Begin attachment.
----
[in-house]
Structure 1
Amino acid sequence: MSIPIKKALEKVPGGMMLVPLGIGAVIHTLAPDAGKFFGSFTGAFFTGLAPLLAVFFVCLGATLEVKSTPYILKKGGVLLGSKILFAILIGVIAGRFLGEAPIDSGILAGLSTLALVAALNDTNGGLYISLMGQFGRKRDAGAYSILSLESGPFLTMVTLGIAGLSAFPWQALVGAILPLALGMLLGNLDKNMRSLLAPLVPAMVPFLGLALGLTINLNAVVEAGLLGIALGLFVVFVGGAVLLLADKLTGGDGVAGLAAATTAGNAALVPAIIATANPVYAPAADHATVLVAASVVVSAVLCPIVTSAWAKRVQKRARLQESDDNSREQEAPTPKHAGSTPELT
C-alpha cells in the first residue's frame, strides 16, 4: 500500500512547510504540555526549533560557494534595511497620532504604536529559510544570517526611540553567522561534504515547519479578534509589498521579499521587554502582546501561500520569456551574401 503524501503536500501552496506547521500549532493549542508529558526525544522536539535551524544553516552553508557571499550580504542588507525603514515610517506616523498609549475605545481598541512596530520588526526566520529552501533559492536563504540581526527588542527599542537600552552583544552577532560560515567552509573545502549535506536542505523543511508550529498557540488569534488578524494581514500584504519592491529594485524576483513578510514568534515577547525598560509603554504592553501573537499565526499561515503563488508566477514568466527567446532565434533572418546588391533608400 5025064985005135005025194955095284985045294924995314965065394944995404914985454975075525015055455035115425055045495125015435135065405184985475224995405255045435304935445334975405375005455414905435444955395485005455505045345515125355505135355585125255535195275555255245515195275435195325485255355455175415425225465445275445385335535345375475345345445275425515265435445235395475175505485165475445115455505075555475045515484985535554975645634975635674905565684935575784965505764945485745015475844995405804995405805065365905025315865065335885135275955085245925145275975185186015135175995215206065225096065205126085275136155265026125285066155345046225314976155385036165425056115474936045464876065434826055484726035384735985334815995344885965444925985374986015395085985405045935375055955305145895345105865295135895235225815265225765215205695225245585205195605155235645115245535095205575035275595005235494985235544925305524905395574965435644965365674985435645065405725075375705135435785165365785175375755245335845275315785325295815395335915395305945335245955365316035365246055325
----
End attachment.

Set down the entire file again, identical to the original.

[in-house]
Structure 1
Amino acid sequence: MSIPIKKALEKVPGGMMLVPLGIGAVIHTLAPDAGKFFGSFTGAFFTGLAPLLAVFFVCLGATLEVKSTPYILKKGGVLLGSKILFAILIGVIAGRFLGEAPIDSGILAGLSTLALVAALNDTNGGLYISLMGQFGRKRDAGAYSILSLESGPFLTMVTLGIAGLSAFPWQALVGAILPLALGMLLGNLDKNMRSLLAPLVPAMVPFLGLALGLTINLNAVVEAGLLGIALGLFVVFVGGAVLLLADKLTGGDGVAGLAAATTAGNAALVPAIIATANPVYAPAADHATVLVAASVVVSAVLCPIVTSAWAKRVQKRARLQESDDNSREQEAPTPKHAGSTPELT
C-alpha cells in the first residue's frame, strides 16, 4: 500500500512547510504540555526549533560557494534595511497620532504604536529559510544570517526611540553567522561534504515547519479578534509589498521579499521587554502582546501561500520569456551574401 503524501503536500501552496506547521500549532493549542508529558526525544522536539535551524544553516552553508557571499550580504542588507525603514515610517506616523498609549475605545481598541512596530520588526526566520529552501533559492536563504540581526527588542527599542537600552552583544552577532560560515567552509573545502549535506536542505523543511508550529498557540488569534488578524494581514500584504519592491529594485524576483513578510514568534515577547525598560509603554504592553501573537499565526499561515503563488508566477514568466527567446532565434533572418546588391533608400 5025064985005135005025194955095284985045294924995314965065394944995404914985454975075525015055455035115425055045495125015435135065405184985475224995405255045435304935445334975405375005455414905435444955395485005455505045345515125355505135355585125255535195275555255245515195275435195325485255355455175415425225465445275445385335535345375475345345445275425515265435445235395475175505485165475445115455505075555475045515484985535554975645634975635674905565684935575784965505764945485745015475844995405804995405805065365905025315865065335885135275955085245925145275975185186015135175995215206065225096065205126085275136155265026125285066155345046225314976155385036165425056115474936045464876065434826055484726035384735985334815995344885965444925985374986015395085985405045935375055955305145895345105865295135895235225815265225765215205695225245585205195605155235645115245535095205575035275595005235494985235544925305524905395574965435644965365674985435645065405725075375705135435785165365785175375755245335845275315785325295815395335915395305945335245955365316035365246055325